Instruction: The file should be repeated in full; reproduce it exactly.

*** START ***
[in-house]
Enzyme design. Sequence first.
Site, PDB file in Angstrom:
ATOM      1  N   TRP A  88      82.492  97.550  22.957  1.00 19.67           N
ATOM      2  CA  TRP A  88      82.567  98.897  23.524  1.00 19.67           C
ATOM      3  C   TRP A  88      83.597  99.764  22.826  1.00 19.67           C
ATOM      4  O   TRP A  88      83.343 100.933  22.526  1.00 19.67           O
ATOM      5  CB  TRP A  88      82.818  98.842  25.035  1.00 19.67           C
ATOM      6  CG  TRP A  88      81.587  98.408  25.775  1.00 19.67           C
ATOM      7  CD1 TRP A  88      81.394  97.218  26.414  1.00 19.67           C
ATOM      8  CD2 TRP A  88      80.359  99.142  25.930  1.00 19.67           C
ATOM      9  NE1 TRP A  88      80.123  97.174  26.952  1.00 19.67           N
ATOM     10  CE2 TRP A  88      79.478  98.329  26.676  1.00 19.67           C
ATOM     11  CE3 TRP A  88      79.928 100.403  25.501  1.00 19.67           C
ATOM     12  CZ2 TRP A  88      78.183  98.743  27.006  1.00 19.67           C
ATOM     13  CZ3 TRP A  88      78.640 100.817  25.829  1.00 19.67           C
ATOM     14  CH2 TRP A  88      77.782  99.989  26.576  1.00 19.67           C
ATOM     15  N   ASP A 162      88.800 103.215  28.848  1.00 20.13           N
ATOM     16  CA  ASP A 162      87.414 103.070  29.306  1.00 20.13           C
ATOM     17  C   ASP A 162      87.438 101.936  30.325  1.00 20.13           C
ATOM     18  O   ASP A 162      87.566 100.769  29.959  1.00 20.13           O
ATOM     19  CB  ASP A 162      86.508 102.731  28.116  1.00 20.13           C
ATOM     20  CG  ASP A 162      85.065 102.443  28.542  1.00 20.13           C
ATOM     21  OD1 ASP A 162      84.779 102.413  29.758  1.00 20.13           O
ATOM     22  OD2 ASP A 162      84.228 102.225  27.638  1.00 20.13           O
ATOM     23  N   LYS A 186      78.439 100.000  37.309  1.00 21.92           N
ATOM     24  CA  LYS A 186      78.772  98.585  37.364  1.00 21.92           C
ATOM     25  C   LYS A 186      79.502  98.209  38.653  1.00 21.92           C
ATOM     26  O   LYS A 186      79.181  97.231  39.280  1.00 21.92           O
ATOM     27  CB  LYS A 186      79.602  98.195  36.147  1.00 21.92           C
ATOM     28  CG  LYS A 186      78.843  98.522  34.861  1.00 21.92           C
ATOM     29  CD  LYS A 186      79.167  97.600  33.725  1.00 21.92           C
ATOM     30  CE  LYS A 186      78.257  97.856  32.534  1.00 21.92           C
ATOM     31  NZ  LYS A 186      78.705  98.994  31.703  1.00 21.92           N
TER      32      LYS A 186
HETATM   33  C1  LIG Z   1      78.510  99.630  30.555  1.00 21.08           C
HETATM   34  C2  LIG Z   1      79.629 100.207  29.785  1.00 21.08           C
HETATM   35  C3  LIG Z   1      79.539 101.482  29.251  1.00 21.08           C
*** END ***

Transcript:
[in-house]
Enzyme design. Sequence first.
Site, PDB file in Angstrom:
ATOM      1  N   TRP A  88      82.492  97.550  22.957  1.00 19.67           N
ATOM      2  CA  TRP A  88      82.567  98.897  23.524  1.00 19.67           C
ATOM      3  C   TRP A  88      83.597  99.764  22.826  1.00 19.67           C
ATOM      4  O   TRP A  88      83.343 100.933  22.526  1.00 19.67           O
ATOM      5  CB  TRP A  88      82.818  98.842  25.035  1.00 19.67           C
ATOM      6  CG  TRP A  88      81.587  98.408  25.775  1.00 19.67           C
ATOM      7  CD1 TRP A  88      81.394  97.218  26.414  1.00 19.67           C
ATOM      8  CD2 TRP A  88      80.359  99.142  25.930  1.00 19.67           C
ATOM      9  NE1 TRP A  88      80.123  97.174  26.952  1.00 19.67           N
ATOM     10  CE2 TRP A  88      79.478  98.329  26.676  1.00 19.67           C
ATOM     11  CE3 TRP A  88      79.928 100.403  25.501  1.00 19.67           C
ATOM     12  CZ2 TRP A  88      78.183  98.743  27.006  1.00 19.67           C
ATOM     13  CZ3 TRP A  88      78.640 100.817  25.829  1.00 19.67           C
ATOM     14  CH2 TRP A  88      77.782  99.989  26.576  1.00 19.67           C
ATOM     15  N   ASP A 162      88.800 103.215  28.848  1.00 20.13           N
ATOM     16  CA  ASP A 162      87.414 103.070  29.306  1.00 20.13           C
ATOM     17  C   ASP A 162      87.438 101.936  30.325  1.00 20.13           C
ATOM     18  O   ASP A 162      87.566 100.769  29.959  1.00 20.13           O
ATOM     19  CB  ASP A 162      86.508 102.731  28.116  1.00 20.13           C
ATOM     20  CG  ASP A 162      85.065 102.443  28.542  1.00 20.13           C
ATOM     21  OD1 ASP A 162      84.779 102.413  29.758  1.00 20.13           O
ATOM     22  OD2 ASP A 162      84.228 102.225  27.638  1.00 20.13           O
ATOM     23  N   LYS A 186      78.439 100.000  37.309  1.00 21.92           N
ATOM     24  CA  LYS A 186      78.772  98.585  37.364  1.00 21.92           C
ATOM     25  C   LYS A 186      79.502  98.209  38.653  1.00 21.92           C
ATOM     26  O   LYS A 186      79.181  97.231  39.280  1.00 21.92           O
ATOM     27  CB  LYS A 186      79.602  98.195  36.147  1.00 21.92           C
ATOM     28  CG  LYS A 186      78.843  98.522  34.861  1.00 21.92           C
ATOM     29  CD  LYS A 186      79.167  97.600  33.725  1.00 21.92           C
ATOM     30  CE  LYS A 186      78.257  97.856  32.534  1.00 21.92           C
ATOM     31  NZ  LYS A 186      78.705  98.994  31.703  1.00 21.92           N
TER      32      LYS A 186
HETATM   33  C1  LIG Z   1      78.510  99.630  30.555  1.00 21.08           C
HETATM   34  C2  LIG Z   1      79.629 100.207  29.785  1.00 21.08           C
HETATM   35  C3  LIG Z   1      79.539 101.482  29.251  1.00 21.08           C